4) Beautiful song, if we put all the pieces together, again more concentration...even though this song is simple, it still requires our attention. Ps: we ended in tune. Idk if we dropped and then brought it back up. But we started on F# and ended on F# going into Nunc.

Nunc -
1) Good transition from Esti I think.
2) could use a bit more of the Alto2 note in 1st measure on "domine"
3)We were in tune up until m.9 on "lumen", it was just slightly under pitch,
then in m.10 we dropped on completely down the half step.
4)Soprano 1s need to watch pitch on "gloria" m.17 and again on "gloria" in m.19
5) All mens "et" in m. 18 could tune and balance much better.
6)m.81, the last big "nunc", we are oversinging, it's only f, we are def singing it at a ff, we need to back off, it's such a beautiful phrase, but we are pushing on it and making it sound forced. I only mean we dont need to sing so loud on the word "nunc" just because 4 of the 6parts singing in that chord are all singing the same note (D). so when we push on it, it doesnt really tune and sounds a bit gross. the volume on everything after that was perfect.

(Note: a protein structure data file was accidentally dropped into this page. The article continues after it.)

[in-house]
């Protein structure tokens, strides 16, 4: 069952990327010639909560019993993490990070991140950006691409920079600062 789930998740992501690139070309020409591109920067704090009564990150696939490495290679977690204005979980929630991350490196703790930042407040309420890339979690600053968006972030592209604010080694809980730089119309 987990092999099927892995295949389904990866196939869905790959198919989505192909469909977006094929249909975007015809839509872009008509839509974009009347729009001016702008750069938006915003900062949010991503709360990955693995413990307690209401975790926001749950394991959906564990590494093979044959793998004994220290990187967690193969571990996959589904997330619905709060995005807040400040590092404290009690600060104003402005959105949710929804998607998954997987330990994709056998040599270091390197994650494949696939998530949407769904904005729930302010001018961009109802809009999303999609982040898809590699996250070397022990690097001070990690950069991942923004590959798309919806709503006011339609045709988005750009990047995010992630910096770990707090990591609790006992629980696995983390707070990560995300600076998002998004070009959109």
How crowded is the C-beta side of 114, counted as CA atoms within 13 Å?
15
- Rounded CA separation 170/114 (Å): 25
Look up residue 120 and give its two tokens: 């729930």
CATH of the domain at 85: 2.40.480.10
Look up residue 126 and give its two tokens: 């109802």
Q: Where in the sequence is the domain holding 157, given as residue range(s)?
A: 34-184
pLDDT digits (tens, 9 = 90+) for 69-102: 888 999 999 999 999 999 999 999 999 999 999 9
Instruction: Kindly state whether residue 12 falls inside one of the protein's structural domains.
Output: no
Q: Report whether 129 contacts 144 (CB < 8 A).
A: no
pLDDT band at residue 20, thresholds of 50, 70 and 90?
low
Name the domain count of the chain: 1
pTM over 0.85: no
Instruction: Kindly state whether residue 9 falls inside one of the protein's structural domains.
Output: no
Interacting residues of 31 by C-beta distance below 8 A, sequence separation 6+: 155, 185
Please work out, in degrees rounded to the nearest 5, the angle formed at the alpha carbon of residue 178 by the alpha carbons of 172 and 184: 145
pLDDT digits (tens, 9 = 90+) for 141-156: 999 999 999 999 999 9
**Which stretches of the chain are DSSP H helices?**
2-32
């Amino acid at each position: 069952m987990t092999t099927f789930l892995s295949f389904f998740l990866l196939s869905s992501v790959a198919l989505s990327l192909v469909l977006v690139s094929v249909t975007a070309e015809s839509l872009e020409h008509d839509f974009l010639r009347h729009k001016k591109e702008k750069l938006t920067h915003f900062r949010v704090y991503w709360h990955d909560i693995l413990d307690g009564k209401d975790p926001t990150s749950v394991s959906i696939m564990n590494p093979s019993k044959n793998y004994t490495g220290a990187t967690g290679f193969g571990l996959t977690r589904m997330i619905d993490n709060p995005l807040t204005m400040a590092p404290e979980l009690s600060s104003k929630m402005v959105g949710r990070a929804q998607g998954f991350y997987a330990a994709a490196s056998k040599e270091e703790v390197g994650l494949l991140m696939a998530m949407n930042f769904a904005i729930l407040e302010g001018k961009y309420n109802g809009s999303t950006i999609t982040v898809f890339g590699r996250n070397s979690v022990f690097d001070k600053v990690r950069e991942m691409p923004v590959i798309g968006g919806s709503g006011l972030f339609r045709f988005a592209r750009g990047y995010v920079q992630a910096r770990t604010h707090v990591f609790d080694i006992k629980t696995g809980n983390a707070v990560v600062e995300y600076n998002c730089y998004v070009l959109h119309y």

7)We ended in the original key as it is written.
8) I think that this is our best piece. or at least the piece we performed today. Just my opinion.

Monday, October 19, 2009

Revised France Payment Schedule

Deposit of $250 per person with Application Form by November 1
Payment of $750 per person by January 1
Payment of $750 per person by March 1, 2010
Balance due on receipt of final invoice sent approximately 30 days prior to departure

Thursday, October 15, 2009

Reminder: Don't Drink and Then Commit a Felony

Sheriff: Drunk father, son rob home; son passes out

By The Associated Press

October 14, 2009, 7:10PM

CARTERSVILLE -- Officials say a drunk father and son burglarized a Cartersville home and were caught after the son was found passed out under the invalid homeowner's bed.

DeKalb County Sheriff Jimmy Harris said today that 37-year-old Christopher Wright of Trenton, Ga., and his son, 19-year-old Caleb Wright, of Higdon, were arrested Sunday.

Harris said they broke into the home around 2 a.m. Sunday and took car keys, medication, about $200 in cash and $100 worth of jewelry. They were about to leave when one of the residents woke up, and they hid.

Christopher Wright sneaked out but Harris said Caleb Wright apparently passed out in his hiding place under the homeowner's bed.

The homeowner's wife found him around dawn and called a neighbor and police. The neighbor turned out to be Caleb Wright's grandfather. He turned the young man over to police.